Maryhill Semifinal

IDF: Breakdown of the Protected Position rule

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IDF Maryhill Zak Maytum

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As we all know, this year the new International Downhill Federation has replaced the International Gravity Sport Association as the sanctioning body for world cup downhill skateboarding. So far they’ve made three major changes: they’ve changed the world-cup circuit by sanctioning different events, purchased a new RFID timing system for qualifying runs, and changed the rulebook in small but meaningful ways.

One of the most significant rule changes implemented by the IDF is the new Protected Position rule, and it came into play during one of the semifinals at Maryhill.

There are two basic rules for making passes in a downhill skateboard race. First, the lead rider gets line choice. If you’re in front, you get to choose whatever line you want while those behind have to skate around you. Second, it’s the overtaking rider’s responsibility to pass cleanly and without making contact.

The IDF’s new Protected Position rule deals with crashes in the final turn or straightaway of a track. Under this rule, your position going into the final corner of a track is protected. If an overtaking rider causes a crash in the final corner or straightaway and the crashed-out rider protests, IDF race officials can choose to let the leading, crashed-out rider advance to the next round.

Under the IGSA’s rules, the offending rider would have been assigned last place in the heat and the crashed-out rider would get second-to-last. We saw this happen two years ago in the Maryhill Festival of Speed finals. Martin Siegrist put his hands on Zen Shikaze in the final corner and Zen crashed. Martin finished the race in second, but was given sixth after Zen protested.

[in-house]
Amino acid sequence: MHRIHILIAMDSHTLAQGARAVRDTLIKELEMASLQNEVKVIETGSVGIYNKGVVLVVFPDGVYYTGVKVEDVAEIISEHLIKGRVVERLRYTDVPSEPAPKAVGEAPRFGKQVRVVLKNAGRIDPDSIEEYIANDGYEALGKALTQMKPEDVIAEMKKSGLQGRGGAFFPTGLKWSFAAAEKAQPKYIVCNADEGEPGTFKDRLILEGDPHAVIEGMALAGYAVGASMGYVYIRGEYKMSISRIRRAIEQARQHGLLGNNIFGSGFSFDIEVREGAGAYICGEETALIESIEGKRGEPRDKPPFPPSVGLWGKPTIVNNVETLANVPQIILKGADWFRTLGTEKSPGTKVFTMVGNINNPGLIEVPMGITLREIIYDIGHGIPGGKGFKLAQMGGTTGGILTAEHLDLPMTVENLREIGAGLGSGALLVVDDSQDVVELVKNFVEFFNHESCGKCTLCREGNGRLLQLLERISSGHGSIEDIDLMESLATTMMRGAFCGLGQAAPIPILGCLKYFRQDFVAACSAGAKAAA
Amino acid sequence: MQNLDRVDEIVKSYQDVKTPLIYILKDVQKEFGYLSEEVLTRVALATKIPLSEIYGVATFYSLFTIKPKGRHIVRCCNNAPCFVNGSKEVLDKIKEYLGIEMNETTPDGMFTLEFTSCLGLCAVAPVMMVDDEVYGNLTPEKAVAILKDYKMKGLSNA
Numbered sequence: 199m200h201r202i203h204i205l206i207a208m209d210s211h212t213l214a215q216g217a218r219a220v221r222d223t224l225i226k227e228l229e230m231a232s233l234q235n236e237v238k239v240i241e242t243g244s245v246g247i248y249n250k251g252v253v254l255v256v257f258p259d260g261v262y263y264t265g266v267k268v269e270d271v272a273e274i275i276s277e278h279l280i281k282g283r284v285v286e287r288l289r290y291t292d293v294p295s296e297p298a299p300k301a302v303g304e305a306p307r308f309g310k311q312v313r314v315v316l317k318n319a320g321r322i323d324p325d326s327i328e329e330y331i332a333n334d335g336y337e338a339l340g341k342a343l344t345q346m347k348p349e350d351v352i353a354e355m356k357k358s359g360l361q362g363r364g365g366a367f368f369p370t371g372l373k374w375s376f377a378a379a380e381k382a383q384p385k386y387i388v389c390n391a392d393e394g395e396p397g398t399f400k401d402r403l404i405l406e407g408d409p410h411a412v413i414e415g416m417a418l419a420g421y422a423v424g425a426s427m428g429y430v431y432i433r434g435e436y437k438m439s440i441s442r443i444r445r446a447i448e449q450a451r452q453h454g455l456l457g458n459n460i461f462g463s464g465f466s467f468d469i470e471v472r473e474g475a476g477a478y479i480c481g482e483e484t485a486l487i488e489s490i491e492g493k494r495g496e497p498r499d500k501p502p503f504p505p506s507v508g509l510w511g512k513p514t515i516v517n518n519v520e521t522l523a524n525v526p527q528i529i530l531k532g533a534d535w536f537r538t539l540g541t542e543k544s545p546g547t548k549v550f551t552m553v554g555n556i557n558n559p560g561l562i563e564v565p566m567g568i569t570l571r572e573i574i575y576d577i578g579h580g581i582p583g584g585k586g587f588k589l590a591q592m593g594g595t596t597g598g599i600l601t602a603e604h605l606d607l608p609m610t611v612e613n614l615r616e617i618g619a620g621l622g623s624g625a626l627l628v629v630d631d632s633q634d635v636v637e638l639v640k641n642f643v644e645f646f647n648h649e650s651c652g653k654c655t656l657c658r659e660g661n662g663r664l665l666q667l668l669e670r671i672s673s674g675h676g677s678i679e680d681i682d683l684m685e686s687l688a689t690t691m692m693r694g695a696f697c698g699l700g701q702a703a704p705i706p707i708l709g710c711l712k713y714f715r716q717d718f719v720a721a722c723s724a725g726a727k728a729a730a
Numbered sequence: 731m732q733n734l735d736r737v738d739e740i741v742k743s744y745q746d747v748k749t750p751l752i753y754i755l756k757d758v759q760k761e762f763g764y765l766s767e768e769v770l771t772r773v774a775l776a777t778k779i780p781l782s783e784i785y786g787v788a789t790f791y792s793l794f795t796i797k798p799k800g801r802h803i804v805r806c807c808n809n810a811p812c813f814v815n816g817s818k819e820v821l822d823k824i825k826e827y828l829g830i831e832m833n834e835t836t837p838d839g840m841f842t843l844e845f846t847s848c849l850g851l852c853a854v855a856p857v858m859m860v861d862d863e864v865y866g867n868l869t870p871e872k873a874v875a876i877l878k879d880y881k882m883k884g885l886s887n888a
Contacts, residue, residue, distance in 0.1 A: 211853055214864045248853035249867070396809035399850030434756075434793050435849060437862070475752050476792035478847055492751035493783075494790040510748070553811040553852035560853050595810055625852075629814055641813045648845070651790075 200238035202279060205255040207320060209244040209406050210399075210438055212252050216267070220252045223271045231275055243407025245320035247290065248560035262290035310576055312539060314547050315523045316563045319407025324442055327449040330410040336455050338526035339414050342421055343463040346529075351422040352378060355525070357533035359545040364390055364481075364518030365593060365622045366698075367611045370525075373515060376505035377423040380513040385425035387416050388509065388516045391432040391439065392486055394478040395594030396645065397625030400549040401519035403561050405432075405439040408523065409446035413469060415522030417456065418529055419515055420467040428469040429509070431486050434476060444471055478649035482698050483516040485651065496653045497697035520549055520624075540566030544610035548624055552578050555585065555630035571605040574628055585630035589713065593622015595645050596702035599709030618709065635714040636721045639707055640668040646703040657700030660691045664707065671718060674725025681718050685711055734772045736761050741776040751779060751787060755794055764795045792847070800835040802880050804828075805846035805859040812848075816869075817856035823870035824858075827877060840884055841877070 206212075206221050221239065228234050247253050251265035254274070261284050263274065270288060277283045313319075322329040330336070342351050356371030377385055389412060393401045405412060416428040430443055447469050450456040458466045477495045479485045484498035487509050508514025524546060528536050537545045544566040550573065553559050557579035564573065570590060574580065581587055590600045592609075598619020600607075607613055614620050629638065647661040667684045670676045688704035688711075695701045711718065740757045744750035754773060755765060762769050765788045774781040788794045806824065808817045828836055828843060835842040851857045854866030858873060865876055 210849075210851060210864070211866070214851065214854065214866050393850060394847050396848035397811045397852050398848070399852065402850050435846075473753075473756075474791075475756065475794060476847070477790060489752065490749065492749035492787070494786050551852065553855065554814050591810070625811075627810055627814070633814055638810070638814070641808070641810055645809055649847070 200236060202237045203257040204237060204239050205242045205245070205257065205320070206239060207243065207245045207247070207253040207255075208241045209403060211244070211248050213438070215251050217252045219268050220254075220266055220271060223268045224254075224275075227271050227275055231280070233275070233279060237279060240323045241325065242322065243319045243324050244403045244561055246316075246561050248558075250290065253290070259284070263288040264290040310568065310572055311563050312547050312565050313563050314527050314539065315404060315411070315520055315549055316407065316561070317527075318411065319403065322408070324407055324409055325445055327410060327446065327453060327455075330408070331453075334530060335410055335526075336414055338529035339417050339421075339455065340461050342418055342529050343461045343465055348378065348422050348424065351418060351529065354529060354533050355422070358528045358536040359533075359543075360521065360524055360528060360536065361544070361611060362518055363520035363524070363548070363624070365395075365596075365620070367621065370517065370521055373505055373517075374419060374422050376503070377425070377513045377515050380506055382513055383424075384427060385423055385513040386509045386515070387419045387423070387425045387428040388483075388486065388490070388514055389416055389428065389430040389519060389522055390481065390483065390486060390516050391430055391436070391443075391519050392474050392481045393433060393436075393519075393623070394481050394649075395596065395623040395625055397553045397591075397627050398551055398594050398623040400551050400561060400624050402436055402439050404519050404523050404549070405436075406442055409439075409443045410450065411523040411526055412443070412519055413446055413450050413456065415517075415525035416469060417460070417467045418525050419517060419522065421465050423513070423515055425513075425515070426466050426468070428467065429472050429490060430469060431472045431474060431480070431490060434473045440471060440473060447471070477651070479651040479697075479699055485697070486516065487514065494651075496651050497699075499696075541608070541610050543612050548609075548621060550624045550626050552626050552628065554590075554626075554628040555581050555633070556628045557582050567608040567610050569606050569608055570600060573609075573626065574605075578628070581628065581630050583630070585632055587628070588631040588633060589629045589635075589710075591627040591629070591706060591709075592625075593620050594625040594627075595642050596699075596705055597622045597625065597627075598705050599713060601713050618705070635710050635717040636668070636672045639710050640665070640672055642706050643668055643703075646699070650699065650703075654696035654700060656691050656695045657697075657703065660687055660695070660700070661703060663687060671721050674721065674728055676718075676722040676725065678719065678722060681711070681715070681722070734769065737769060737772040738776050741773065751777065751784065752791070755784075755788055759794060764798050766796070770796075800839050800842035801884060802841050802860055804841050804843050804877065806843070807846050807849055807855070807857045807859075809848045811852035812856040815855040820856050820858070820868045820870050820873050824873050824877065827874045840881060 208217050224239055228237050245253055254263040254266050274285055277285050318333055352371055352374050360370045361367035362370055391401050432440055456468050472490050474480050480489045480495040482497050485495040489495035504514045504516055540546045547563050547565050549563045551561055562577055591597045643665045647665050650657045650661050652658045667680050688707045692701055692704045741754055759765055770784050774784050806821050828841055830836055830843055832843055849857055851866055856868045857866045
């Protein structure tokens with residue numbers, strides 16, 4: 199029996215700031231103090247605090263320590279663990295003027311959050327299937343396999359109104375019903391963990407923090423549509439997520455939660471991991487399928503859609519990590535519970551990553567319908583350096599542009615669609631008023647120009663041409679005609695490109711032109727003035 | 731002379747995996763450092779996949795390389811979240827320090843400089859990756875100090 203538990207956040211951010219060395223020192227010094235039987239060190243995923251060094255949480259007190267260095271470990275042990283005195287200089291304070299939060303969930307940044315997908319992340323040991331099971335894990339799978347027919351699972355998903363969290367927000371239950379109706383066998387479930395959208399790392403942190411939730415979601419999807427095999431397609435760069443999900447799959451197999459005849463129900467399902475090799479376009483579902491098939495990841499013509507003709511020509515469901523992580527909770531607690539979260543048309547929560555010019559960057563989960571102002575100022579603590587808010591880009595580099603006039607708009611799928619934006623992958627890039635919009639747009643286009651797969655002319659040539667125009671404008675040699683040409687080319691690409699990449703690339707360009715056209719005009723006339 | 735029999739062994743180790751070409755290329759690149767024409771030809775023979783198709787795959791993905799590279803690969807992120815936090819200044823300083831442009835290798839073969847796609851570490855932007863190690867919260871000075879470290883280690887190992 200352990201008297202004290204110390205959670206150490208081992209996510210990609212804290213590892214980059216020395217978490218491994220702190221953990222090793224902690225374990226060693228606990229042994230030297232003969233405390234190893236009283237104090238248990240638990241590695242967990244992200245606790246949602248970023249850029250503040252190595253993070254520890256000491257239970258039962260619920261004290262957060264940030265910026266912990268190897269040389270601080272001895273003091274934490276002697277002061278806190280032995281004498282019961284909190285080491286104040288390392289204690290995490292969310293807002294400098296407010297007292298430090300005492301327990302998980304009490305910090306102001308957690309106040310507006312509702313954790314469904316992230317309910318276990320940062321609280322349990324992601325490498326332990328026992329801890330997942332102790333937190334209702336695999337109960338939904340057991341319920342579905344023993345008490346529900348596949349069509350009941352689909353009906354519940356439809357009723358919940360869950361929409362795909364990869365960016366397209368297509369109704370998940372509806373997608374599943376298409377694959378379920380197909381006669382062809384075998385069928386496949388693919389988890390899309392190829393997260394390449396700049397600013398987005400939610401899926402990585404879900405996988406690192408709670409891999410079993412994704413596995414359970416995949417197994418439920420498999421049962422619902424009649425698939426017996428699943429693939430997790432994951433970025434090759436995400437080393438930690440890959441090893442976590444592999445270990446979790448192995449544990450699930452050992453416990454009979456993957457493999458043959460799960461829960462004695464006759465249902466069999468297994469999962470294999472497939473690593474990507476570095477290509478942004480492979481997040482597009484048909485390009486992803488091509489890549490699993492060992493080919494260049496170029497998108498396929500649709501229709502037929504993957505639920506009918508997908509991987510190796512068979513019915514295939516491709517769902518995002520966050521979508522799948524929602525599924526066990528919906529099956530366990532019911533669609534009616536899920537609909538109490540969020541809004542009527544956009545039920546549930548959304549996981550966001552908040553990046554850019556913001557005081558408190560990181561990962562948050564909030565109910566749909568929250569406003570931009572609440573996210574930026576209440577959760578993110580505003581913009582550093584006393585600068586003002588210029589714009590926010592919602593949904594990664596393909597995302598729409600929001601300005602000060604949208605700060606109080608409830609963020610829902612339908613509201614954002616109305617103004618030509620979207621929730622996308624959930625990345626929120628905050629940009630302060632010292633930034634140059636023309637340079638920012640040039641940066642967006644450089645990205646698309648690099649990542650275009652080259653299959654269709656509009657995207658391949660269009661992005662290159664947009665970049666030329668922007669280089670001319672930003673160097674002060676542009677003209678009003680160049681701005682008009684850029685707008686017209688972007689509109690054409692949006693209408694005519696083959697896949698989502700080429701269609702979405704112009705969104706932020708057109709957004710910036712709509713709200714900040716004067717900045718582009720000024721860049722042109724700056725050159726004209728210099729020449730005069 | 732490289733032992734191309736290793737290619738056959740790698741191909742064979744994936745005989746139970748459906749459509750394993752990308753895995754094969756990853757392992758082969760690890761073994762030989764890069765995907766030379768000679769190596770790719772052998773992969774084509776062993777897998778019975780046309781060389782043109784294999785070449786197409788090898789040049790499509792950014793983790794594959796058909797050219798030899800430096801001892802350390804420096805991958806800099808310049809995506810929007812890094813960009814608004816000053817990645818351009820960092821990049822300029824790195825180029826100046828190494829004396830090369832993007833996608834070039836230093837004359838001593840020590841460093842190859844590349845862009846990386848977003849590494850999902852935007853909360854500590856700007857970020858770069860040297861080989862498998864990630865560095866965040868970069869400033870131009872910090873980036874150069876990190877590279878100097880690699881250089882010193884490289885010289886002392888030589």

Maryhill-Semifinal-Animation

 

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There was another, similar event during a semifinal at this year’s Maryhill. Max Ballesteros and Kevin Reimer were battling for third place coming into the final left. Max had about a half board-length lead on Kevin and was drafting Thiago Lessa into the corner. As Max started to lean in to the turn, Kevin put the back of his hand on Max’s hip, fully extended his arm and subtly pushed Max backward and off his line. Max slid out and crashed at the exit of the corner.

You can see most of this in these exclusive photos. Pay close attention to the movement of Kevin’s elbow and wrist. Note how Kevin fully extends his arm and pushes Max backward and off his line.

When the corner marshals and event organizers reviewed these photos, Kevin was given sixth and Max advanced to the semifinal.

The adoption of this rule is probably a good thing, but could have unintended consequences. If I’m in fourth place heading into that last corner, why shouldn’t I try for a sketchy pass? If I make it, yachtzee. If not, the leading riders keep their positions. Similarly, if I’m leading and I can hear someone coming up to pass at the finish line, I could intentionally rub wheels with them, crash out, and still get first. We’ll see how this plays out in the future.

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  1. Lawrence Thompson

    IDF 7.4 and 7.6 essentially mean that while the leading rider has line choice, they can't change it to cut off the line that the trailing rider(s) are taking. Those being applied mean that cutting off a passing rider by changing your line (ie "intentionally rub wheels with them") would be against the rules and you would lose your protected position.
    Additionally, a rider in 4th was no worse off in IGSA rules. If a rider in 4th attempts to pass and causes a crash/ doesn't pass cleanly he still ends up last under both IGSA and IDF rules and if he does pass cleanly he gets his new position under both rule sets.


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